# Statistics Frequency Polygons

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### Graphing Distribution : Frequency Polygons

#### The Objectives:

• Frequency polygons - creation and interpretation.

• Cumulative frequency polygons - creation and interpretation.

• Overlaid frequency polygons - creation and interpretation.

### Frequency Polygons:

Graphical display of the frequency table can also be achieved through a frequency polygon. To create a frequency polygon the intervals are labeled on the X-axis and the Y axis represents the height of a point in the middle of the interval. The points are then joined are connected to the X-axis and thus a polygon is formed. So, frequency polygon is a graph that is obtained by connecting the middle points of the intervals. We can create a frequency polygon from a histogram also. If the middle top points of the bars of the histogram are joined, a frequency polygon is formed.

Frequency polygon and histogram fulfills the same purpose. However, the former one is useful in comparison of different datasets. In addition to that frequency polygon can be used to display cumulative frequency distributions.

#### How to Create a Frequency Polygon?

As already mentioned, histogram can be used for creating frequency polygon. The X-axis represents the scores of the dataset and the Y-axis represents the frequency for each of the classes. Now, mark the mid top points of each bar of the created histogram for each class interval. One generally uses a dot for marking. Now join all the dots by straight lines and connect it with the X-axis on both sides. For creating a frequency polygon without a histogram, you just need to consider the midpoint of the class intervals, such that it corresponds to the frequencies. Then connect the points as stated above.

The following table is the frequency table of the marks obtained by 50 students in the pre-test examination.

Table 1. Frequency Distribution of the marks obtained by 50 students in the pre-test examination.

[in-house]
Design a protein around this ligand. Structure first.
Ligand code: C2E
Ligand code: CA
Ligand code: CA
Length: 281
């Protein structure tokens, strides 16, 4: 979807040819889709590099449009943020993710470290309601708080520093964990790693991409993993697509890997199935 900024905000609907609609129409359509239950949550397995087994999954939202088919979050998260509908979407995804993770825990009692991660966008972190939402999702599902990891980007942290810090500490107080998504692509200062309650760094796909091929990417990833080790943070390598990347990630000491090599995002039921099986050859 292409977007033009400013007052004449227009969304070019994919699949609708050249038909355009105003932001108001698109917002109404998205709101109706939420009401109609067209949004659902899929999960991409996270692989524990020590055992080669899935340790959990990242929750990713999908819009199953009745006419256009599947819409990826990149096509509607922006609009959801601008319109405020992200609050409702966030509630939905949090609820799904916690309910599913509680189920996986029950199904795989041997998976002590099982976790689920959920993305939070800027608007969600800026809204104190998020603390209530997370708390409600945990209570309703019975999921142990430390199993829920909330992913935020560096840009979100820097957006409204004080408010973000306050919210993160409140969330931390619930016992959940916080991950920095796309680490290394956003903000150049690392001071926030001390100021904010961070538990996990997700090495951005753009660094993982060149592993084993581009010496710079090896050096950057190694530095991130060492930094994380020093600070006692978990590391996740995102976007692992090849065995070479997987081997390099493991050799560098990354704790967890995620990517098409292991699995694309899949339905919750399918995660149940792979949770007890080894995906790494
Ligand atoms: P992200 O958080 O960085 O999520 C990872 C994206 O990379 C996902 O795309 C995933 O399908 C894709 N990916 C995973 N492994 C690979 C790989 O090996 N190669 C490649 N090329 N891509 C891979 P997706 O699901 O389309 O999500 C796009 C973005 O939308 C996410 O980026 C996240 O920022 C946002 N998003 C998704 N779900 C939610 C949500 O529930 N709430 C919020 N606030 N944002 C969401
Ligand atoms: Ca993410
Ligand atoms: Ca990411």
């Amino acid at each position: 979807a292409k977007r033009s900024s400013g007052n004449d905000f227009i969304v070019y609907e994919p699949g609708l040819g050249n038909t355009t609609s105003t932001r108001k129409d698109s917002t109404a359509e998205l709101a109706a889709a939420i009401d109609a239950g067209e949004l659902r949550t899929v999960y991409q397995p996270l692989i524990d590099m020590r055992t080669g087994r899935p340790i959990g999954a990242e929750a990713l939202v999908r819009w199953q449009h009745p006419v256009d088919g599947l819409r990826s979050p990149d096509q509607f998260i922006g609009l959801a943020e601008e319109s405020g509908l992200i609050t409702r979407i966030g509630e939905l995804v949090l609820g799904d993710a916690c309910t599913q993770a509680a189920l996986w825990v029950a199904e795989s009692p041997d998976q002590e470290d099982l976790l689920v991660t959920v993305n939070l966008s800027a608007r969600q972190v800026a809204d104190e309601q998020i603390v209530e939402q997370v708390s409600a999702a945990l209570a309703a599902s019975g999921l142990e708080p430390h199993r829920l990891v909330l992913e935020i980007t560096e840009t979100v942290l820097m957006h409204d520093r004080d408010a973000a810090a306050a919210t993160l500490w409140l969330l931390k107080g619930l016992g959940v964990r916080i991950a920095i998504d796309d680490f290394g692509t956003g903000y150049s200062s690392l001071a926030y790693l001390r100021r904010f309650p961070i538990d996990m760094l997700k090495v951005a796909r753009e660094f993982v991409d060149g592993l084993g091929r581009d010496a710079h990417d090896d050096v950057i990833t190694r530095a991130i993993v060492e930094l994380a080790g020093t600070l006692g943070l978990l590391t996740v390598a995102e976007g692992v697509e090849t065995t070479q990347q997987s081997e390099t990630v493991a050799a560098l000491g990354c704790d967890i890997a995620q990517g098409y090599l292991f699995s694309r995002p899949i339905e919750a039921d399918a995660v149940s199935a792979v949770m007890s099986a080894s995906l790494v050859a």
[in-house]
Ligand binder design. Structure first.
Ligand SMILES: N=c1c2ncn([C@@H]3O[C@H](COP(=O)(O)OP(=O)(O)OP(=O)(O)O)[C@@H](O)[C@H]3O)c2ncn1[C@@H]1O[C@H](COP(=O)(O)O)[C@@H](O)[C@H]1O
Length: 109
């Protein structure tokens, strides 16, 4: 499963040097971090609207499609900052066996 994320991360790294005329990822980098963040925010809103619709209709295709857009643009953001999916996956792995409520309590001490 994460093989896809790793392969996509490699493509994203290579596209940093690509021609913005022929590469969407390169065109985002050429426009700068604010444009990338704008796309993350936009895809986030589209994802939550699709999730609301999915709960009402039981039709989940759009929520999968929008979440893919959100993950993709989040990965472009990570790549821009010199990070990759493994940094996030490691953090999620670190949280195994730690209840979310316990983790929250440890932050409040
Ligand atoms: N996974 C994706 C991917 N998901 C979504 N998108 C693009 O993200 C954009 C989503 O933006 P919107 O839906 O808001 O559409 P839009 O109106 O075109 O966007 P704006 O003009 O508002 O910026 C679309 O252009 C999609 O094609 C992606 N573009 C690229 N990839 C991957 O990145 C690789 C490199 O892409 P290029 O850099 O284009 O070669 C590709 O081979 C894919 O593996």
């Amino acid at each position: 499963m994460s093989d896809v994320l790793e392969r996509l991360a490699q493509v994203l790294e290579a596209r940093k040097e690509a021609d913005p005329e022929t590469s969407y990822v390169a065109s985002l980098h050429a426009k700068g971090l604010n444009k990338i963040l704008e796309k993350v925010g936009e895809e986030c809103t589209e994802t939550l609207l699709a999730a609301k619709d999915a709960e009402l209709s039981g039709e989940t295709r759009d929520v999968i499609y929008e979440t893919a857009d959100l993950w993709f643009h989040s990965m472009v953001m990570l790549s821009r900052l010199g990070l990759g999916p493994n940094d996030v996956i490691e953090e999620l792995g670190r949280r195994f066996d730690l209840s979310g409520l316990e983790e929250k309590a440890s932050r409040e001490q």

#### Cumulative frequency (Less than type)

30.5-40.5

1

1

40.5-50.5

14

20

50.5-60.5

20

40

60.5-70.5

7

47

70.5-80.5

3

50

Total

50

The labels of the X-axis are the midpoints of the class intervals. So the first label on the X-axis will be 35.5, next 45.5, followed by 55.5, 65.5 and lastly 75.5. The corresponding frequencies are then considered to create the frequency polygon. The shape of the distribution can be determined from the created frequency polygon. The frequency polygon is shown in the following figure.

Fig 1: Frequency polygon of the distribution of the marks obtained by 50 students in the pre-test examination.

From the above figure we can observe that the curve is asymmetric and is right skewed.

#### Cumulative Frequency Polygon:

Cumulative frequency polygon is similar to a frequency polygon. The difference is that in creating a cumulative frequency polygon we consider cumulative frequencies instead of actual frequencies. Cumulative frequency of less than type is obtained by adding the frequency of each class interval to the sum of all frequencies in the lower intervals. In table 1 for example, the cumulative frequency for the class interval 30.5-40.5 is 6 since the sum of all frequencies in the lower intervals is 0. Again the cumulative frequency for the class interval 40.5-50.5 is 20 since the sum of all frequencies in the lower intervals is 14, i.e, 6+14=20, so for the next interval it will be 6+14+20=40 and so on.

The following is the cumulative frequency polygon

Fig2: Cumulative Frequency polygon of the marks obtained by 50 students in the pre-test examination.

#### Overlaid Frequency Polygon:

Also to compare the distributions of different data sets, frequency polygon can be used. In such case frequency polygons of different data are drawn on the same graph. The above thing can be made clear through illustrations.

The following is an example of dice where the distribution of observed frequencies and the distribution of expected frequencies are compared for different scores of two dice. The frequency curves of the two distributions are used for comparison.

Fig3: Overlaid Frequency polygon of the distributions of rolling two dice

The observed curve overlaps expected curve. The expected curve is smooth while the observed curve is not smooth.

Also cumulative frequency polygon can also be plotted in the same graph. The following figure shows such plot. The marks of two papers are compared through cumulative frequency polygon.

Fig4: Overlaid cumulative frequency polygon

Fig5: Frequency polygon drawn over the histogram

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